While America is focused on our internal financial and business issues, the BRIC countries held thier 1st Summit this week in Russia, simultaneously with the Shanghai Cooperation Organization summit. While the Presidents of the Russia, China, India and Brazil met in Moscow with little real news (except that they want to reduce the US' influence on the gloabl economy and that Russia may put some of it's vast oil reserves in "BRIC Bonds"), the SCO moved forward with some tangible tactical plans.
SCO is composed of China, Russia, Kazakhstan, Kyrgyzstan, Tajikistan and Uzbekistan with Inia, Iran, Mongolia and Pakistan having observer status. Their efforts were to increase economic and security among it's members. Notably absent are the growing former Russian states. It appears that they will work towards specific plans to cooperate economically and that a Foreign Trade Agreement will be developed over the next year or so.
Brazil's President Luiz Inacio Lula da Silva, Russian President Dmitry Medvedev, Chinese President Hu Jintao and Indian Prime Minister Manmohan Singh met in Yekaterinburg, June 16, 2009. Their meeting together may be the biggest news, without G20 countries looking over their shoulders. China's Hu presented a 4 point statment indicating how the BRIC countries should cooperate to gain more control over the global economy, including helping it recover from the current crisis, changing the intl monetary system, solve their own internal structural problems to speed further development, and ensuring a secure food, energy and public health global distribution system.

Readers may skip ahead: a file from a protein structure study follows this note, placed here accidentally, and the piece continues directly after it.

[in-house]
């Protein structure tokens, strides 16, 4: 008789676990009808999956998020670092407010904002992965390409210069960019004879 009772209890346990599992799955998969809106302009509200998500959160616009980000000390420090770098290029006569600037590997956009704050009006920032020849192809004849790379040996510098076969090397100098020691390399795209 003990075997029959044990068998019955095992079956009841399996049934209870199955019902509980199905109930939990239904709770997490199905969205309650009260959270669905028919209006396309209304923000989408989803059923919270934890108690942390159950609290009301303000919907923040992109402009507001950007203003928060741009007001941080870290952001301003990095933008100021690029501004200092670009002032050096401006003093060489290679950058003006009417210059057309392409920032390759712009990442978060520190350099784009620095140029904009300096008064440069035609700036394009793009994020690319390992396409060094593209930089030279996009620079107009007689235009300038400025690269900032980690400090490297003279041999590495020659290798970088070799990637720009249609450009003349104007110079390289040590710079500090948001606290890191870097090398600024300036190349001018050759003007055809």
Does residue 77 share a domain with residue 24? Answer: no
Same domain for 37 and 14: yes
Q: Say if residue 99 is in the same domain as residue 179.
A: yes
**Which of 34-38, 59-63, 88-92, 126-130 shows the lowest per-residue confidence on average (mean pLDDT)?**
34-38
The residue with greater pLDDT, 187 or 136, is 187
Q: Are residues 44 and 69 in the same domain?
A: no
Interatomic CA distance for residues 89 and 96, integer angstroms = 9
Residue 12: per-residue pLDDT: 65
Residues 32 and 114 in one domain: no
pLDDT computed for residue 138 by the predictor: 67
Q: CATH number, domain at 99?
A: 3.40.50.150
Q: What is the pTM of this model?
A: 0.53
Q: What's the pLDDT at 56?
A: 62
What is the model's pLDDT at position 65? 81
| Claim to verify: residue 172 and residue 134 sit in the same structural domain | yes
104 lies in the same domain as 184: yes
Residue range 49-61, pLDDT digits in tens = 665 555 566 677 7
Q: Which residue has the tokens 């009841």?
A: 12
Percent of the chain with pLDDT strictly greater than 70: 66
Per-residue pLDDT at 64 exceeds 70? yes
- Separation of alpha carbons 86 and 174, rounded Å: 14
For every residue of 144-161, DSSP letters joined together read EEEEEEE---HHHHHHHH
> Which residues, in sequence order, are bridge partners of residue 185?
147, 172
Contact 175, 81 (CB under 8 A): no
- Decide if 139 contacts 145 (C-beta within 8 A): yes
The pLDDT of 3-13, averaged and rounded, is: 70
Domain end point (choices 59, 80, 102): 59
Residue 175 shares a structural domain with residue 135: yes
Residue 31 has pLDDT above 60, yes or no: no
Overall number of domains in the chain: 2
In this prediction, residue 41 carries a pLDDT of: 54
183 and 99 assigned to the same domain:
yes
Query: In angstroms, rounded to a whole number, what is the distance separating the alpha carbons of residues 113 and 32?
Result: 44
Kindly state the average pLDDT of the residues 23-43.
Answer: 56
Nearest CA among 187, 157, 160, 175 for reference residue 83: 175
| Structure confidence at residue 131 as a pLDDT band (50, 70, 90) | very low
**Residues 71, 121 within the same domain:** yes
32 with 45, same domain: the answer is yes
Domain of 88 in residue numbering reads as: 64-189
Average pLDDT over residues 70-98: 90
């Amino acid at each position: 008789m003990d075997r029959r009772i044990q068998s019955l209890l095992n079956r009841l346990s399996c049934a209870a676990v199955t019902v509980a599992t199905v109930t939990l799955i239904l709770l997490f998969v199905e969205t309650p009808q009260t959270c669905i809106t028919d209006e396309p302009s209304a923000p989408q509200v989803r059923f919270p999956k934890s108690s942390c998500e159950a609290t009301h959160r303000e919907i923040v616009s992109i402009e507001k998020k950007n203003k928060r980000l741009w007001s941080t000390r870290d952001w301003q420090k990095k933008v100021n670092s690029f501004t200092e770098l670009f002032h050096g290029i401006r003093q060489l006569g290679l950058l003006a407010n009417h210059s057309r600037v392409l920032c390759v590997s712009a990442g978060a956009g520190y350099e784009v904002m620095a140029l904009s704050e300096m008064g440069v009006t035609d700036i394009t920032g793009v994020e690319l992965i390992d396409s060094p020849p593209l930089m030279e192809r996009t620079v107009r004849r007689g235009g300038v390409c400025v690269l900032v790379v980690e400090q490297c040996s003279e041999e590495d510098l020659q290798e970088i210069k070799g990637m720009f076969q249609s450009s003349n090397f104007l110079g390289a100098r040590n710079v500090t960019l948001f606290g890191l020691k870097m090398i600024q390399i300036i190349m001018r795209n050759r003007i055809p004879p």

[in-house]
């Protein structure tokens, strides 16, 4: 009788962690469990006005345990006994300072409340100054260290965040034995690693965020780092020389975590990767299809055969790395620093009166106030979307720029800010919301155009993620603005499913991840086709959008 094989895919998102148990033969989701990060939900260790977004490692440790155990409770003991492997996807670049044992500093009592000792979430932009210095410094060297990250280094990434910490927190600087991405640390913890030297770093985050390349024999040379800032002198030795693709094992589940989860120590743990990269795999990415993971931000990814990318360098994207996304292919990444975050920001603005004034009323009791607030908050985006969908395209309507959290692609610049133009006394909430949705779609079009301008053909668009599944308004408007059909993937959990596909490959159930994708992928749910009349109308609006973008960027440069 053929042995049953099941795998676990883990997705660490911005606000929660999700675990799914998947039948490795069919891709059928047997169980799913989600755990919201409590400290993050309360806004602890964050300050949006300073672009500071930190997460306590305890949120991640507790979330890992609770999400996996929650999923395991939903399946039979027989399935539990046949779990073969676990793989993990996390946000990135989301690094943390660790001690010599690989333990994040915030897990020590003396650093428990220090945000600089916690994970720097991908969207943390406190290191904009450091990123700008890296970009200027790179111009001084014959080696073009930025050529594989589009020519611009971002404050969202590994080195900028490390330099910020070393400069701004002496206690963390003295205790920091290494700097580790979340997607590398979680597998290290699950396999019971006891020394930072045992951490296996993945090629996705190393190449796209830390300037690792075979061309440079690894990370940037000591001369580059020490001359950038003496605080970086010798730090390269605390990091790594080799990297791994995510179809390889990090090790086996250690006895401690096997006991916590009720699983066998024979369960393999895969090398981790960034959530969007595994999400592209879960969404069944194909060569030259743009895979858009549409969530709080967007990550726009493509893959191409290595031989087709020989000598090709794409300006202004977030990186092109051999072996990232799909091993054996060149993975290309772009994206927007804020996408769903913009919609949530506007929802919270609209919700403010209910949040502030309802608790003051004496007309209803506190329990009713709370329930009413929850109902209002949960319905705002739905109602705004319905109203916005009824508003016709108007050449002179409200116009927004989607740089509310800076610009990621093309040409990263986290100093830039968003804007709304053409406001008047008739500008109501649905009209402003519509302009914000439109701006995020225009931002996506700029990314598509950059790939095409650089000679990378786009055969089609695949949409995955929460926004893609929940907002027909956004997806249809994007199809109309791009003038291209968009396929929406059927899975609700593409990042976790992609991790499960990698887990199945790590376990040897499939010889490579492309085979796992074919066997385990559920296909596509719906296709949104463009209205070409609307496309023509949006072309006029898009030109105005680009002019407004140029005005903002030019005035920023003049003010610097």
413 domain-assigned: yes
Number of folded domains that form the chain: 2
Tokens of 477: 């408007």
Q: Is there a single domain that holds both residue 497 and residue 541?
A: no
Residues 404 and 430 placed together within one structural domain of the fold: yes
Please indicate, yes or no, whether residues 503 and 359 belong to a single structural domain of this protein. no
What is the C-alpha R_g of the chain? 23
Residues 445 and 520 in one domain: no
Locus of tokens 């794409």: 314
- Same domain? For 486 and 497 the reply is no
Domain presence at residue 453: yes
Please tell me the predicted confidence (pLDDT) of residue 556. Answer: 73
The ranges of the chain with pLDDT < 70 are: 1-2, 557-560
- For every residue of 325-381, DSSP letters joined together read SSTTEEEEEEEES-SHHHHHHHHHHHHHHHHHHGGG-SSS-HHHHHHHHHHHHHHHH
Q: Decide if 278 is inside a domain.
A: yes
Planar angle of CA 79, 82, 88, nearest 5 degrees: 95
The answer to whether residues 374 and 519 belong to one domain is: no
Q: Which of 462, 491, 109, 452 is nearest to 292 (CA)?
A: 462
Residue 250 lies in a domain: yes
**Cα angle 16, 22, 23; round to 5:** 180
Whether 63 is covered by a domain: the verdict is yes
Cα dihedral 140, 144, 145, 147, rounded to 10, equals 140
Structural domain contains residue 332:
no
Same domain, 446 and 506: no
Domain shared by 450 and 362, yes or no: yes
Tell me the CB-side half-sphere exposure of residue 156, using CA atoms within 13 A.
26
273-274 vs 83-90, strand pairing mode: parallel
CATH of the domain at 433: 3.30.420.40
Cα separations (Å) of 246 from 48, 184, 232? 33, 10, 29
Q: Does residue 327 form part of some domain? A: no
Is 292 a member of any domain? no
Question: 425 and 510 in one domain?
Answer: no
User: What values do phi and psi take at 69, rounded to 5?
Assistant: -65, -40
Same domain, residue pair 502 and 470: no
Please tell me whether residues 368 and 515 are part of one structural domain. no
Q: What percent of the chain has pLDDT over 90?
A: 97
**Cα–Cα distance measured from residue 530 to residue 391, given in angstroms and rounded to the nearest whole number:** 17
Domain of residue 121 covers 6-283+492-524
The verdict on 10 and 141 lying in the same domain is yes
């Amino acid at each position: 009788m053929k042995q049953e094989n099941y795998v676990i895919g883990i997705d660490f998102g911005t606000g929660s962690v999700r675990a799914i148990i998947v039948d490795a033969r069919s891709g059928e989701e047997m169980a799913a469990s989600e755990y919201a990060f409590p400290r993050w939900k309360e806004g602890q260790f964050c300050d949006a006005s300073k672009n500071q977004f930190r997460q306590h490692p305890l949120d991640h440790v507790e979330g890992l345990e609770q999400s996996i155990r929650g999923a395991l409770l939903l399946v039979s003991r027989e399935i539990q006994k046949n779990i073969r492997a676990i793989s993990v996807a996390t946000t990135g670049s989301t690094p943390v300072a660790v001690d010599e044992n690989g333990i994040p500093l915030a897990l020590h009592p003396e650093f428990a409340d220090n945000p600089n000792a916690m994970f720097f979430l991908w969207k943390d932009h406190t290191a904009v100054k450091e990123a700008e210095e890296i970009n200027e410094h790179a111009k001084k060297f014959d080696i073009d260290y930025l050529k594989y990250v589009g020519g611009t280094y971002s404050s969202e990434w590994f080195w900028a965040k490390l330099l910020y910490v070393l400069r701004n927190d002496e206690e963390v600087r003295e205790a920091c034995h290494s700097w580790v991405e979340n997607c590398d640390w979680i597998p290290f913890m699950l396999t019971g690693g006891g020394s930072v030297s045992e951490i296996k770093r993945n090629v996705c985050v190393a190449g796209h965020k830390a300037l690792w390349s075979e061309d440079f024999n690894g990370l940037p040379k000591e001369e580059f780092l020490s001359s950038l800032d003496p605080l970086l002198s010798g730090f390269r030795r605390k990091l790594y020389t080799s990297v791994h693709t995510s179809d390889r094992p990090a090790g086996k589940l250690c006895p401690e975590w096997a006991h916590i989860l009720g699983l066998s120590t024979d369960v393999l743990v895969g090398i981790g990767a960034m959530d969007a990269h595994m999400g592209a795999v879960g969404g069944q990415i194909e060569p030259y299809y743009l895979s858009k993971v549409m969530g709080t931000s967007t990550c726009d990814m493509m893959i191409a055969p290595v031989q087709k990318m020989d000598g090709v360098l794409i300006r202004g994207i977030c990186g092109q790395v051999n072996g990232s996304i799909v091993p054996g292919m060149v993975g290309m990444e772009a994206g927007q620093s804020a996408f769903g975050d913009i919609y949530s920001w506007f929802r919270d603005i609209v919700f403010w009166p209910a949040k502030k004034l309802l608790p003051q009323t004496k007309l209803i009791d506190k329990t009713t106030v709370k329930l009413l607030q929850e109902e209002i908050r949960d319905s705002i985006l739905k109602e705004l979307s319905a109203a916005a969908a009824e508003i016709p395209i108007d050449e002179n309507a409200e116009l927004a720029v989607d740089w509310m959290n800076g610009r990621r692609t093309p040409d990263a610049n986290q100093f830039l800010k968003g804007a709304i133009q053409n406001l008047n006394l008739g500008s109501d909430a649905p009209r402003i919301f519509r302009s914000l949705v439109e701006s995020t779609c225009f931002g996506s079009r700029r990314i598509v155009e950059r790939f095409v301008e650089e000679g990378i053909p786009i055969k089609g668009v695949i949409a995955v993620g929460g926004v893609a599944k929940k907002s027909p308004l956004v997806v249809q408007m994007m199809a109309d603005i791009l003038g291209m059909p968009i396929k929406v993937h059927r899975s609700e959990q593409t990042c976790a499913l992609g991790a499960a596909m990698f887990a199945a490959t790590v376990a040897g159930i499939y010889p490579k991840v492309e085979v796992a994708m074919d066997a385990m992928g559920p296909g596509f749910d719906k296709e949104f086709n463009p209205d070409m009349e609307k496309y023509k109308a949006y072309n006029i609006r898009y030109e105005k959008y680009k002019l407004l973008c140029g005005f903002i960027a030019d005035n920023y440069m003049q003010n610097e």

In the BRIC Summit, China emphasized their focus on their internal development since US and EU markets are not importing as much. China also hopes to push for a more diversified Intl monetary system wile demanding that all major reserve currencies maintain relative stability. Of course, China has allowed some movement of their own currency in the last year, but it still remains very rigid.
It's hard to say whether this BRIC Summit will become an on-going mechanism or just bring emphasis on the resolving the current global recession. Each country has it's own problems (One of my West Indian friends asks what will happen to India when China starts to fight the US for global dominance - he says India will attack Pakistan, of course!)
From a global trade and transportation standpoint, China will continue to be the world's major factory, but the BRIC influences are causing a Regionalization rather than Globalization of trade. CIsco, Apple and other forward looking companies are using this recessionary period to establish buy/sell entities in BRIC countries, leveraging local and regional tax/trade benefits to deliver products within those regions. Global trade & logistics professionals will need to learn more about intra- and inter-regional opportunities to fine-tune their strategies.